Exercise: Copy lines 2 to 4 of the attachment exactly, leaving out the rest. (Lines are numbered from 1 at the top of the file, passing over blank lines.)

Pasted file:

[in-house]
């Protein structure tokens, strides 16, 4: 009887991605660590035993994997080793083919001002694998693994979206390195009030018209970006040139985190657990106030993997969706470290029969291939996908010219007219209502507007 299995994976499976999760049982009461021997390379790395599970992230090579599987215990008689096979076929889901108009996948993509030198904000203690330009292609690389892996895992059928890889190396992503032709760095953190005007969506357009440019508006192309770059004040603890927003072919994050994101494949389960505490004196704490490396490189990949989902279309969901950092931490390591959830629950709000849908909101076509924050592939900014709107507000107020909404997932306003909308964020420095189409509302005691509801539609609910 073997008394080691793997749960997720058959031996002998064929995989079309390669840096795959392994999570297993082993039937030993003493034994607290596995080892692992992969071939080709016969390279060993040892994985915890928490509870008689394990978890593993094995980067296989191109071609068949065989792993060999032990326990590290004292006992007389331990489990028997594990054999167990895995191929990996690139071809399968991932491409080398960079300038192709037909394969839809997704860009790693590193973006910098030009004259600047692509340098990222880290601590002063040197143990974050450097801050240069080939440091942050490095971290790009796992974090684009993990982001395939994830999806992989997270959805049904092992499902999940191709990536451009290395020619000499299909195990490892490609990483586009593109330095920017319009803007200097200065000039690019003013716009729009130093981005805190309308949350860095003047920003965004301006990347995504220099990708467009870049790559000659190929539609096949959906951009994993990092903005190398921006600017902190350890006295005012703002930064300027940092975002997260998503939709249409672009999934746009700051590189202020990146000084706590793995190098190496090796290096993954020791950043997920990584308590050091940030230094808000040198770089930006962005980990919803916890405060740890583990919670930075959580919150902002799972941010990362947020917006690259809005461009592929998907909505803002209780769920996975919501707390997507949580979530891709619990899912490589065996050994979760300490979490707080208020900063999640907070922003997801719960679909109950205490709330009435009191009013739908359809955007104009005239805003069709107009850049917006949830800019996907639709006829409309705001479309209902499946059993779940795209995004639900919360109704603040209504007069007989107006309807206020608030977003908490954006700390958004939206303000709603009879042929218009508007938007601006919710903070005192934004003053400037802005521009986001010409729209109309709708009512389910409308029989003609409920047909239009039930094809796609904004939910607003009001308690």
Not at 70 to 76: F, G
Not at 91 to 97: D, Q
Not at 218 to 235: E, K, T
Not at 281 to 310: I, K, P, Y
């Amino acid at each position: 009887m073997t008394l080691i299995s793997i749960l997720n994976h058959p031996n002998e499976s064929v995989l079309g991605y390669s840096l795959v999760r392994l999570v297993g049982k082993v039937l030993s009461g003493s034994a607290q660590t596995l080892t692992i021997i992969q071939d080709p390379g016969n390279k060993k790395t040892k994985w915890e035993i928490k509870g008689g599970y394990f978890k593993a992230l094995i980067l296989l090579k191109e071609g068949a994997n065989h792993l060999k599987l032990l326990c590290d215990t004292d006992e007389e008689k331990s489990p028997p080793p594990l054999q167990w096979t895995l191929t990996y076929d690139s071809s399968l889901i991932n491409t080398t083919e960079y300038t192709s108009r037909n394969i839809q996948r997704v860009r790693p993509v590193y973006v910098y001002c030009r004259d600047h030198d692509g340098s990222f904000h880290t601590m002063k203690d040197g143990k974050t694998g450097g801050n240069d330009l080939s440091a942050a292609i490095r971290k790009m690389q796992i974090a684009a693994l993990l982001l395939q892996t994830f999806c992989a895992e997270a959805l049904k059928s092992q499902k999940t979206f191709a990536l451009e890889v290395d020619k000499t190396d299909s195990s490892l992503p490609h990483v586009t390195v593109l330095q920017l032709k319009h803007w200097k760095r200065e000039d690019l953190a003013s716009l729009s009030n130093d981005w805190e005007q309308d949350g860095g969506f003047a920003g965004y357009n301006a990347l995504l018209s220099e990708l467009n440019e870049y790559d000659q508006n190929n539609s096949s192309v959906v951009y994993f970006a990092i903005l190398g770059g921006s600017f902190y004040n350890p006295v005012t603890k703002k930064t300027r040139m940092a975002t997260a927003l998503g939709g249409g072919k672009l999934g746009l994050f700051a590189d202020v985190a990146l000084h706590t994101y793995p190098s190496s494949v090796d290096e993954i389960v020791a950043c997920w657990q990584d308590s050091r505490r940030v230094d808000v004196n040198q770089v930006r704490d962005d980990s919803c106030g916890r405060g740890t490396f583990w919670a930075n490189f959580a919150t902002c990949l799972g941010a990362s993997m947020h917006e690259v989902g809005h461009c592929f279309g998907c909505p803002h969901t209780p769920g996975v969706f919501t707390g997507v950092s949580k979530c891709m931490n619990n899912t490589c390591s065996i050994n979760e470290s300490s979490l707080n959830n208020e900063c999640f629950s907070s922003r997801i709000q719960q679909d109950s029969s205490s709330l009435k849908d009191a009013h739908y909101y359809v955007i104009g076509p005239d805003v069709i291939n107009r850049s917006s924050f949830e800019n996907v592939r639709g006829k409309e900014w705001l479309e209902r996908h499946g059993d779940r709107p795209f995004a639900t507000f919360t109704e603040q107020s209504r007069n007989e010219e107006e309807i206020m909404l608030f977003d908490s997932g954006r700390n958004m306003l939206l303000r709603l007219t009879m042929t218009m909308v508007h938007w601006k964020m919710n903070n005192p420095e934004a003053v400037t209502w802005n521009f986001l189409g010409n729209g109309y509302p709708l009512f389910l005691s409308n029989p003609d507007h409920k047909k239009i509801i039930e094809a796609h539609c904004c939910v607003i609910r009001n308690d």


């Protein structure tokens, strides 16, 4: 009887991605660590035993994997080793083919001002694998693994979206390195009030018209970006040139985190657990106030993997969706470290029969291939996908010219007219209502507007 299995994976499976999760049982009461021997390379790395599970992230090579599987215990008689096979076929889901108009996948993509030198904000203690330009292609690389892996895992059928890889190396992503032709760095953190005007969506357009440019508006192309770059004040603890927003072919994050994101494949389960505490004196704490490396490189990949989902279309969901950092931490390591959830629950709000849908909101076509924050592939900014709107507000107020909404997932306003909308964020420095189409509302005691509801539609609910 073997008394080691793997749960997720058959031996002998064929995989079309390669840096795959392994999570297993082993039937030993003493034994607290596995080892692992992969071939080709016969390279060993040892994985915890928490509870008689394990978890593993094995980067296989191109071609068949065989792993060999032990326990590290004292006992007389331990489990028997594990054999167990895995191929990996690139071809399968991932491409080398960079300038192709037909394969839809997704860009790693590193973006910098030009004259600047692509340098990222880290601590002063040197143990974050450097801050240069080939440091942050490095971290790009796992974090684009993990982001395939994830999806992989997270959805049904092992499902999940191709990536451009290395020619000499299909195990490892490609990483586009593109330095920017319009803007200097200065000039690019003013716009729009130093981005805190309308949350860095003047920003965004301006990347995504220099990708467009870049790559000659190929539609096949959906951009994993990092903005190398921006600017902190350890006295005012703002930064300027940092975002997260998503939709249409672009999934746009700051590189202020990146000084706590793995190098190496090796290096993954020791950043997920990584308590050091940030230094808000040198770089930006962005980990919803916890405060740890583990919670930075959580919150902002799972941010990362947020917006690259809005461009592929998907909505803002209780769920996975919501707390997507949580979530891709619990899912490589065996050994979760300490979490707080208020900063999640907070922003997801719960679909109950205490709330009435009191009013739908359809955007104009005239805003069709107009850049917006949830800019996907639709006829409309705001479309209902499946059993779940795209995004639900919360109704603040209504007069007989107006309807206020608030977003908490954006700390958004939206303000709603009879042929218009508007938007601006919710903070005192934004003053400037802005521009986001010409729209109309709708009512389910409308029989003609409920047909239009039930094809796609904004939910607003009001308690």
Not at 70 to 76: F, G
Not at 91 to 97: D, Q